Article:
By-elections since 1997 underline the point. In Romsey, tactical voting at the general election had helped establish the Liberal Democrats as the clear challenger to the Conservatives. In the by-election, the Conservative vote slipped from 46 per cent to 42 per cent, a poor performance, but not enough to lose the seat if the large majority of Labour supporters had not lined up behind the Liberal Democrats, reducing their own party's vote share from 19 to 4 per cent. The outcome was almost unprecedented: the loss of a safe Conservative seat in the middle of a Labour government term of office.
Other by-elections since 1997 suggest that a significant proportion of Liberal Democrats are continuing to vote Labour in Con-Lab marginals. Scotland aside, three of the Liberal Democrats' four poorest performances have been in Con-Lab marginals: Uxbridge (down 5.3 per cent), Beckenham (up only 0.3 per cent) and Eddisbury (up only 0.6 per cent).
Far from subsiding, anti-Conservative tactical voting may actually increase this time. A substantial pool of Liberal Democrat and Labour supporters did not vote tactically in 1997, despite living in constituencies where it made sense to do so. Even in 1997, four out of five Labour supporters in Con-Lib Dem marginals and three out of four Liberal Democrats in Con-Lab marginals stuck to their party when it had no hope of winning.
Why should people vote tactically in 2001 if they were not tempted in 1997? One answer is that, after four years of Tony Blair in office, Labour supporters, while no less determined to keep the Conservatives out, will have lost some of their ardour for the party. Likewise Lib Dems will not be as enthusiastic now Charles Kennedy has taken over from Ashdown.
Another reason is that constituency boundaries had been radically revised in 1997 and many voters did not know the tactical situation in their constituency. This time, the local parties will incessantly remind them of the 1997 result. Moreover, both Labour and the Liberal Democrats will focus ruthlessly on the marginal seats they are defending or hoping to win. No formal pact will be needed for the Labour Party to concentrate all its efforts in South Dorset, which it failed to wrest from the Conservatives by 77 votes in 1997, leaving the Liberal Democrats to concentrate on Mid Dorset & Poole North (where they were 681 votes short) and West Dorset (1,840 votes short).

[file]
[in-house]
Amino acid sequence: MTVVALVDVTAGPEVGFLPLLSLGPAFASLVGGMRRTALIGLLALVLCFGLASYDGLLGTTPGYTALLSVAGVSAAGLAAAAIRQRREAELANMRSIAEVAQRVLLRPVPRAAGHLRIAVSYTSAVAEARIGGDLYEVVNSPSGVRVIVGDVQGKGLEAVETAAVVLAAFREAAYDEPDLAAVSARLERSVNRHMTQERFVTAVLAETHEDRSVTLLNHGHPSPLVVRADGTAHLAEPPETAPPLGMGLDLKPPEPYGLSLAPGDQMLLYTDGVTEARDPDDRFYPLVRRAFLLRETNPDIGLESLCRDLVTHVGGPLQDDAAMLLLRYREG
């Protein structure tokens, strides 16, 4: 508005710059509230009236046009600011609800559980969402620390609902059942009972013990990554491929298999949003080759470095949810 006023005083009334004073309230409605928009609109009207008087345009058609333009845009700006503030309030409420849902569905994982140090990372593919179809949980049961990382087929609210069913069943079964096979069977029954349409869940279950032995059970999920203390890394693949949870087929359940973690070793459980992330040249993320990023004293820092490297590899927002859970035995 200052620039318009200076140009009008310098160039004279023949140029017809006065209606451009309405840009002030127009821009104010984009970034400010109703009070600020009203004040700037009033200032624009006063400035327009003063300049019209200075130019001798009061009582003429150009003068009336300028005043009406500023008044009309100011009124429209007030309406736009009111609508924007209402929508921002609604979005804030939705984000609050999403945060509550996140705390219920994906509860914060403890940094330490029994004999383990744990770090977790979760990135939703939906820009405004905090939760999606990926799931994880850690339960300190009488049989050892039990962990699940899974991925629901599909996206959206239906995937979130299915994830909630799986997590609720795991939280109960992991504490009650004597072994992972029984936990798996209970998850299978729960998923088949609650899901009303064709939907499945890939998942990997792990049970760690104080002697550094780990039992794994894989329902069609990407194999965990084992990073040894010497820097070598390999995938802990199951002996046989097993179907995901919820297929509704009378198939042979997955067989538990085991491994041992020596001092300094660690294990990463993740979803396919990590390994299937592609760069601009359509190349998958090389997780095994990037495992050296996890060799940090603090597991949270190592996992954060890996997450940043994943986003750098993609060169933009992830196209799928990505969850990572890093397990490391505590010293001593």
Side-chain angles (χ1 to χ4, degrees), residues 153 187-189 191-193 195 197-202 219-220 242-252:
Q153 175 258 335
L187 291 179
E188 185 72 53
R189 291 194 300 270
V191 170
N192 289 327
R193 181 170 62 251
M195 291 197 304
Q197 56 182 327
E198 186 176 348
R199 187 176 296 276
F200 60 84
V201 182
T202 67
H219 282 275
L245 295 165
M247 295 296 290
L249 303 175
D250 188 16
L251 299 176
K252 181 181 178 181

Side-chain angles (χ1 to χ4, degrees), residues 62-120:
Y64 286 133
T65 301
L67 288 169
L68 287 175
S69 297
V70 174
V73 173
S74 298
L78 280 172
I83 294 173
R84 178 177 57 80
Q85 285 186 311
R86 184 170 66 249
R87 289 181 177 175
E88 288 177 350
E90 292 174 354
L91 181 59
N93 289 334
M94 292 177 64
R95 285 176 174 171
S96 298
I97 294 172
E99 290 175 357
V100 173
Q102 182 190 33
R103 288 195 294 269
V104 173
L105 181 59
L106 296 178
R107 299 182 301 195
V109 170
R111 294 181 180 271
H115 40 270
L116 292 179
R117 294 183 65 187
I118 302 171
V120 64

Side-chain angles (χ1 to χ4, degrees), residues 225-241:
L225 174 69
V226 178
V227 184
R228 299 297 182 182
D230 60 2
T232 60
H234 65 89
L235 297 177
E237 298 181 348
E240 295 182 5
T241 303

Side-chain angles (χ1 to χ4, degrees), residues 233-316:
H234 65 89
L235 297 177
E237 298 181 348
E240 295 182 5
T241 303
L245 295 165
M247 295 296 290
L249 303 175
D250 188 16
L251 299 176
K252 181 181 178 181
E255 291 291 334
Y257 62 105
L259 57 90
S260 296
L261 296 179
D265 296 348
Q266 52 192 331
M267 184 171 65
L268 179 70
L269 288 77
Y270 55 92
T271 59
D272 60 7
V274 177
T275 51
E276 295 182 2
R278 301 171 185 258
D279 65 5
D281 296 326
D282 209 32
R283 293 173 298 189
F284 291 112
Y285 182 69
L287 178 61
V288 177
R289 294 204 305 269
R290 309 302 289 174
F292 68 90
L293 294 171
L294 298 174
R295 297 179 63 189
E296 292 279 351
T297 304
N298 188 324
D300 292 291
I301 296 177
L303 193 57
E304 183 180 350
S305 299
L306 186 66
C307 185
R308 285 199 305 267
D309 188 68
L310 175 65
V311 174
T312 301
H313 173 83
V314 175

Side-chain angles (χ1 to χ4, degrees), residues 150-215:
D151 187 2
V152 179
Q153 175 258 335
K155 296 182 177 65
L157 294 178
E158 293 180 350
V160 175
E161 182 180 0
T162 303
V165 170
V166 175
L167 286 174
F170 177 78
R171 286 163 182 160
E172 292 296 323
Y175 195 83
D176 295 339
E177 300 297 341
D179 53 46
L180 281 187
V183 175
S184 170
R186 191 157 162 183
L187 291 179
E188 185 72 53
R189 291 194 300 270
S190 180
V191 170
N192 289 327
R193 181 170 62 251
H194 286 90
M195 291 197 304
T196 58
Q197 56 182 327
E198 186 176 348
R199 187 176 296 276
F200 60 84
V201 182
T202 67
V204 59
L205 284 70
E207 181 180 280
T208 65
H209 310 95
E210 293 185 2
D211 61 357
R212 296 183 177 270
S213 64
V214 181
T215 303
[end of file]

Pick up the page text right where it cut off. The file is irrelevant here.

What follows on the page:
The map opposite lists the Conservative seats that would fall, in order of probability, simply through further tactical voting. It assumes that the parties' shares of the national vote remain the same as in 1997, which is what the current polls, uncannily close to those of March-April 1997, suggest. The absence of Scotland and Wales reflects the absence of Conservative seats in those countries.
In 1997, tactical voting produced a 3 per cent swing between Labour and the Liberal Democrats to whichever party was the main challenger in Conservative marginals. A repeat in the 2001 election would deliver an additional 13 Conservative seats to Labour and five to seven to the Liberal Democrats. This would reduce the Conservative parliamentary strength to below 150, bring the number of Liberal Democrat MPs to more than 50, and catapult Labour's majority in the Commons to beyond 200.
The actual impact of tactical voting will vary between constituencies. In 1997, the Liberal Democrats mobilised a larger tactical vote where they could build on recent local government successes: this could mean surprise wins in Orpington and Cheadle. But if the Conservatives pick up most of the vote that went to the Referendum and UK Independence parties in 1997, they could stop the Liberal Democrats in Totnes (on paper a more marginal seat) and Labour in South Dorset, Hexham and Bury St Edmunds. In all four seats, the combined vote for the anti-euro parties exceeded 5 per cent in 1997.
Why don't the Conservatives vote tactically to deprive Labour of seats? Simply because, even if they were minded to, there are virtually no constituencies where Labour is vulnerable to tactical voting. A 3 per cent swing from the Conservatives to whichever other party was best positioned to defeat Labour would not deprive Labour of a single seat. In this, as in so many other ways, it will be sitting pretty in June.
Ivor Crewe is vice-chancellor and professor of government at the University of Essex